Interns with CFHI will rotate through a variety of clinics, hospitals and emergency services as participants. Clinical rotations are designed to offer interns clinical and public health experience relevant to your level of medical education, much like what you would experience during a rotation or internship in the United States. IE3 Global interns may work with the local coordinators to identify the health care services/departments where they would like to spend more time. CFHI programs are not episodic volunteer experiences, and are not designed to provide service to those who would otherwise not have healthcare.
The learning objectives for interns with CFHI are:
- Develop a larger sense of cultural competency
- Observe and develop existing clinical skills
- Broaden public health knowledge
- Develop creativity in problem-solving
- Deepen their commitment to service
- Promote medical supply conservation
The Philippines is a country in Southeast Asia compromised of over 7,100 islands in the Pacific Ocean and home to more than 100 million people. It is filled with natural beauty and rich culture. Along with its biodiversity, white sandy beaches, mountain ranges, and tropical rainforests, the country’s colorful history is filled with a unique blend of cultures.
Interns will spend the first week in the capital city of Manila, visiting local government agencies, non-governmental organizations, and a variety of health facilities in the city. This provides and introduction to the Filipino healthcare system and an understanding of how resources and healthcare services vary between urban centers, remote island communities, and the mainland. Interns will then spend approximately 8.5 weeks stationed on two remote islands in the archipelago, in the provinces of Quezon and Romblon. This allows the intern to experience first-hand the daily healthcare challenges faced by “barangays”, or villages. Interns will work alongside local physicians, nurses, and midwives in rural primary healthcare clinics, with the chance to observe general consultations, pre-natal checkups, immunizations, and family planning. Interns may also join local clinic staff on trips to various barangays throughout the island to aid in health education programming.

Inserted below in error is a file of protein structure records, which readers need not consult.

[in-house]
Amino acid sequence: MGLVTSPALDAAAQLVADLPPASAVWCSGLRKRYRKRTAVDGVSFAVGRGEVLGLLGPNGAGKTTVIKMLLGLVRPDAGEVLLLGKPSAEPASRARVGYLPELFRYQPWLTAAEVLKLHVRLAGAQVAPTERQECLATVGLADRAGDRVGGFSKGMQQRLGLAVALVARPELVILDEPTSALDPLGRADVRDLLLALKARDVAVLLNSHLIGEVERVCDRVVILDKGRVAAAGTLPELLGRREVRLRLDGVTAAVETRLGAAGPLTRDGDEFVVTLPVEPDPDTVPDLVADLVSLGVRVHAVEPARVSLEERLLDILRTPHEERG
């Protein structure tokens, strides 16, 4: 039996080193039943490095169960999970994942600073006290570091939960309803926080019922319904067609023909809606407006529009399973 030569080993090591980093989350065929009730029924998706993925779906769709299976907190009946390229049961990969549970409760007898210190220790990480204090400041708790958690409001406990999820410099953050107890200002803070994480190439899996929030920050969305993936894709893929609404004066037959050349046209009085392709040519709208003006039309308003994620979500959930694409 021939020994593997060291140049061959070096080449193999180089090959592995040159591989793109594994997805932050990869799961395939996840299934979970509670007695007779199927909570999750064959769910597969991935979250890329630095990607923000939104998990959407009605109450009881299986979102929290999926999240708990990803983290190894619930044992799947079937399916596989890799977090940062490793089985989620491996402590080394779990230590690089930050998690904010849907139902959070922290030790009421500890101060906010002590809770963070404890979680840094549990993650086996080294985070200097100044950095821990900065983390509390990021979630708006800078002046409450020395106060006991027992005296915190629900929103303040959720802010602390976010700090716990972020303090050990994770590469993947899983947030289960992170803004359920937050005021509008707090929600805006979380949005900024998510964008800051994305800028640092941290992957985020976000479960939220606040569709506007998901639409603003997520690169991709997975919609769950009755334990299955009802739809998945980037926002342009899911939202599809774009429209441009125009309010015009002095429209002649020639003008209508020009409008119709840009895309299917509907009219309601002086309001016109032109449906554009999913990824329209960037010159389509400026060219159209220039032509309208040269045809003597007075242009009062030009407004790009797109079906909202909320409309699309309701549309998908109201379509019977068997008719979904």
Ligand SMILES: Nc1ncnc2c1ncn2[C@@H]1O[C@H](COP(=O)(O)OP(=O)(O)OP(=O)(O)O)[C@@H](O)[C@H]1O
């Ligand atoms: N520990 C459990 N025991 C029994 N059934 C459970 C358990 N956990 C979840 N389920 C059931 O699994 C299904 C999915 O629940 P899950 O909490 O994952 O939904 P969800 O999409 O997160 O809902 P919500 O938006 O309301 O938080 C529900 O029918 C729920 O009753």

The last few days will be spent back in Manila and also are a time for reflection exercises and lectures to understand the true challenges of providing quality healthcare to all Filipinos and efforts being made to address these challenges. It is an invaluable opportunity to understand how healthcare varies between urban centers and remote island communities.